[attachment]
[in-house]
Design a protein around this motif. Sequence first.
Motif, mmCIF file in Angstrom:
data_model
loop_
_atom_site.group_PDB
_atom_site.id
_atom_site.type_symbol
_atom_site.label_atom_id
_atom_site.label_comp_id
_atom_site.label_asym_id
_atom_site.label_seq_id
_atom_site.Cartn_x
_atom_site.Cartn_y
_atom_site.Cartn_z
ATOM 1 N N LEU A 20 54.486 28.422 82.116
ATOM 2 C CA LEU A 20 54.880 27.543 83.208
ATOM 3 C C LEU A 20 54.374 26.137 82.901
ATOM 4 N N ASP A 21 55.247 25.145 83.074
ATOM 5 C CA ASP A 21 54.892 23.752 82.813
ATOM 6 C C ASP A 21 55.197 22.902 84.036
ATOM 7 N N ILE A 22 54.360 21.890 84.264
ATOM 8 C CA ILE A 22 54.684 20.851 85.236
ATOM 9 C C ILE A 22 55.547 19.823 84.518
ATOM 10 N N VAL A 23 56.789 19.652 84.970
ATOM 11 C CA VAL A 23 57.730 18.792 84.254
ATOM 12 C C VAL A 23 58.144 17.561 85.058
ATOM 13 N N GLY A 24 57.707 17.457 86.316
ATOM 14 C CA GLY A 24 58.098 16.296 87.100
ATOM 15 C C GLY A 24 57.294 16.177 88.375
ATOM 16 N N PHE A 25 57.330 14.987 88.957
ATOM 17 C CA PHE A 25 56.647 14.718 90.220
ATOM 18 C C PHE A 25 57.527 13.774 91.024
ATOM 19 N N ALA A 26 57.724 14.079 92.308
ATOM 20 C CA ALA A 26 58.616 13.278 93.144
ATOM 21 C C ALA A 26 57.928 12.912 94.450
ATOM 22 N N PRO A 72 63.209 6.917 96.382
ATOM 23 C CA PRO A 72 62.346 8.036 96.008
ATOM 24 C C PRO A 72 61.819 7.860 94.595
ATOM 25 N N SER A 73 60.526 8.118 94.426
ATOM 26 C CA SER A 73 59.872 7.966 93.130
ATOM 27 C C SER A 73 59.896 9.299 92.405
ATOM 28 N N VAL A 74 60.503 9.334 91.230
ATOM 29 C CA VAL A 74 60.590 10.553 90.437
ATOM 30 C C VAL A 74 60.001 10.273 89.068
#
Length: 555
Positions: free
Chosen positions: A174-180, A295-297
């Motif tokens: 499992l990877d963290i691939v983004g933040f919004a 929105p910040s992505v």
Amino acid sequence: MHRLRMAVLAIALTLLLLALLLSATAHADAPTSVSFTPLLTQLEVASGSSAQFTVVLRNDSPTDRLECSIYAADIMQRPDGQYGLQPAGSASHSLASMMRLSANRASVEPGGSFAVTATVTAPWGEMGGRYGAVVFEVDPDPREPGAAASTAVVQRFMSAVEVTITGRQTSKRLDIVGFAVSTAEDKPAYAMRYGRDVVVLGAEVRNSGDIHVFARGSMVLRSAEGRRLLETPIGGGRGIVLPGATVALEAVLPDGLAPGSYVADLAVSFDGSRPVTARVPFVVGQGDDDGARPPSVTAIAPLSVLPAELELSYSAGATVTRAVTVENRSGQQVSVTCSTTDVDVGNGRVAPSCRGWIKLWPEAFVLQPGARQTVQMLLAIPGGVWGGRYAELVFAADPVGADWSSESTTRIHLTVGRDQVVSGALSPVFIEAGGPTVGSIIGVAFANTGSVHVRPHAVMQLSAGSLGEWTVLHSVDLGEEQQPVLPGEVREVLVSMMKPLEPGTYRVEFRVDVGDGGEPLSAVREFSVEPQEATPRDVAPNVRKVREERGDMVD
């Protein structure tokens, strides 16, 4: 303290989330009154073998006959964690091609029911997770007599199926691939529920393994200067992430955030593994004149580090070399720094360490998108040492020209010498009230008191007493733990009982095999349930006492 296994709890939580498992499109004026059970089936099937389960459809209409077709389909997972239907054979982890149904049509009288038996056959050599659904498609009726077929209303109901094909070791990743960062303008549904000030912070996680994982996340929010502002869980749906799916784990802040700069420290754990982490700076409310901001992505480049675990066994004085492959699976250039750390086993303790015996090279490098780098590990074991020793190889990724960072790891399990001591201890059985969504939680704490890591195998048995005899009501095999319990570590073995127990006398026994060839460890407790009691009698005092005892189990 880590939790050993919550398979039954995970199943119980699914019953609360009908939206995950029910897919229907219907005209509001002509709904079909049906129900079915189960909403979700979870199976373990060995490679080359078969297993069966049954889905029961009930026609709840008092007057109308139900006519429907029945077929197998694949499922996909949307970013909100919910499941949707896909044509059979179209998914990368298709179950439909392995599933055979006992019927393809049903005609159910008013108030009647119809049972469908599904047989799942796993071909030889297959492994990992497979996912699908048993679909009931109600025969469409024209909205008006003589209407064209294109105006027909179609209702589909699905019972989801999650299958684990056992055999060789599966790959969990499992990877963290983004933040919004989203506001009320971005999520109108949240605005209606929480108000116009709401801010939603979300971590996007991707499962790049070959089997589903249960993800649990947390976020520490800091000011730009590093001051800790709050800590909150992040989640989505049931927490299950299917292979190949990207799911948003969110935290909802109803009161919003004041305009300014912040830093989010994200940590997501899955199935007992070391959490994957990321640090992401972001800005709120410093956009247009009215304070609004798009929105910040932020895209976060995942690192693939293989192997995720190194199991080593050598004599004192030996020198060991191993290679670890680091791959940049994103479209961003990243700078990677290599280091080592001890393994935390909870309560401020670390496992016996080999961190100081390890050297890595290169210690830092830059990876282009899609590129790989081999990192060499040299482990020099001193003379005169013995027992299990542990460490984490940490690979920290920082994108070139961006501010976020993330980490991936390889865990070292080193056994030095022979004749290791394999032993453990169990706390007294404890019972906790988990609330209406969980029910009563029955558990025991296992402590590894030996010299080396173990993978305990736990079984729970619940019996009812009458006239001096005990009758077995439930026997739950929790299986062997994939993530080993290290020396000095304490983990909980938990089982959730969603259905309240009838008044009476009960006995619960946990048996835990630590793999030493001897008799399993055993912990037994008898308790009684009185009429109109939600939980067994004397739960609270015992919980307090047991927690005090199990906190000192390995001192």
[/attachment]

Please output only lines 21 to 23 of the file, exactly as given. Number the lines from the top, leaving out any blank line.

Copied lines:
ATOM 6 C C ASP A 21 55.197 22.902 84.036
ATOM 7 N N ILE A 22 54.360 21.890 84.264
ATOM 8 C CA ILE A 22 54.684 20.851 85.236